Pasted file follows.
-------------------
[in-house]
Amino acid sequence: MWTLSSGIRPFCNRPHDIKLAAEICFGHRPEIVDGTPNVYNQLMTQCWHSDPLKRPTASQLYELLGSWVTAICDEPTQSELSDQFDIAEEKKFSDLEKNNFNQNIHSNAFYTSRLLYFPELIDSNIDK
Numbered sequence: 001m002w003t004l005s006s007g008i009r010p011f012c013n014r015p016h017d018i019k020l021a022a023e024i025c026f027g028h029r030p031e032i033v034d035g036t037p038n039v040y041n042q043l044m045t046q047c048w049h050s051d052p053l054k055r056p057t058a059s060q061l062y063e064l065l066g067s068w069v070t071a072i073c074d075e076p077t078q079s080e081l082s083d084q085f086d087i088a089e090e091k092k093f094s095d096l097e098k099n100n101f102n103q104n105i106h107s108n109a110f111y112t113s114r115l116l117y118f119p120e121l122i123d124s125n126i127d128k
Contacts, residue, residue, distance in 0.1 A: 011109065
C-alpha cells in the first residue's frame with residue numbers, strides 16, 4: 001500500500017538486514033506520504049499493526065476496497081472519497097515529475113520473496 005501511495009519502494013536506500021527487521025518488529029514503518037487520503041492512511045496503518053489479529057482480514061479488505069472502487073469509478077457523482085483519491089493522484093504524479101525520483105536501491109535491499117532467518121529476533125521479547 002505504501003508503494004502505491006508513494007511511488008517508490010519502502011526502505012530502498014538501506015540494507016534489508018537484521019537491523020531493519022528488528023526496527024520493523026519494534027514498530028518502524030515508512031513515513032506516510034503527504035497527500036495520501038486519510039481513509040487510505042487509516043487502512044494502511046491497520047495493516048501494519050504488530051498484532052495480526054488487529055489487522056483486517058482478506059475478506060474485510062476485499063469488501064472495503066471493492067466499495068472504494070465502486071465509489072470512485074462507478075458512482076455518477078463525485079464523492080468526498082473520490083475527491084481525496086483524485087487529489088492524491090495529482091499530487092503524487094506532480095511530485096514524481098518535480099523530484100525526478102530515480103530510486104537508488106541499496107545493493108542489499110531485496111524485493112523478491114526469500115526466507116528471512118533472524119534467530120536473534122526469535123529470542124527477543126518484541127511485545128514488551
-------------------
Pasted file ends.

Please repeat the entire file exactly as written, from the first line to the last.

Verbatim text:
[in-house]
Amino acid sequence: MWTLSSGIRPFCNRPHDIKLAAEICFGHRPEIVDGTPNVYNQLMTQCWHSDPLKRPTASQLYELLGSWVTAICDEPTQSELSDQFDIAEEKKFSDLEKNNFNQNIHSNAFYTSRLLYFPELIDSNIDK
Numbered sequence: 001m002w003t004l005s006s007g008i009r010p011f012c013n014r015p016h017d018i019k020l021a022a023e024i025c026f027g028h029r030p031e032i033v034d035g036t037p038n039v040y041n042q043l044m045t046q047c048w049h050s051d052p053l054k055r056p057t058a059s060q061l062y063e064l065l066g067s068w069v070t071a072i073c074d075e076p077t078q079s080e081l082s083d084q085f086d087i088a089e090e091k092k093f094s095d096l097e098k099n100n101f102n103q104n105i106h107s108n109a110f111y112t113s114r115l116l117y118f119p120e121l122i123d124s125n126i127d128k
Contacts, residue, residue, distance in 0.1 A: 011109065
C-alpha cells in the first residue's frame with residue numbers, strides 16, 4: 001500500500017538486514033506520504049499493526065476496497081472519497097515529475113520473496 005501511495009519502494013536506500021527487521025518488529029514503518037487520503041492512511045496503518053489479529057482480514061479488505069472502487073469509478077457523482085483519491089493522484093504524479101525520483105536501491109535491499117532467518121529476533125521479547 002505504501003508503494004502505491006508513494007511511488008517508490010519502502011526502505012530502498014538501506015540494507016534489508018537484521019537491523020531493519022528488528023526496527024520493523026519494534027514498530028518502524030515508512031513515513032506516510034503527504035497527500036495520501038486519510039481513509040487510505042487509516043487502512044494502511046491497520047495493516048501494519050504488530051498484532052495480526054488487529055489487522056483486517058482478506059475478506060474485510062476485499063469488501064472495503066471493492067466499495068472504494070465502486071465509489072470512485074462507478075458512482076455518477078463525485079464523492080468526498082473520490083475527491084481525496086483524485087487529489088492524491090495529482091499530487092503524487094506532480095511530485096514524481098518535480099523530484100525526478102530515480103530510486104537508488106541499496107545493493108542489499110531485496111524485493112523478491114526469500115526466507116528471512118533472524119534467530120536473534122526469535123529470542124527477543126518484541127511485545128514488551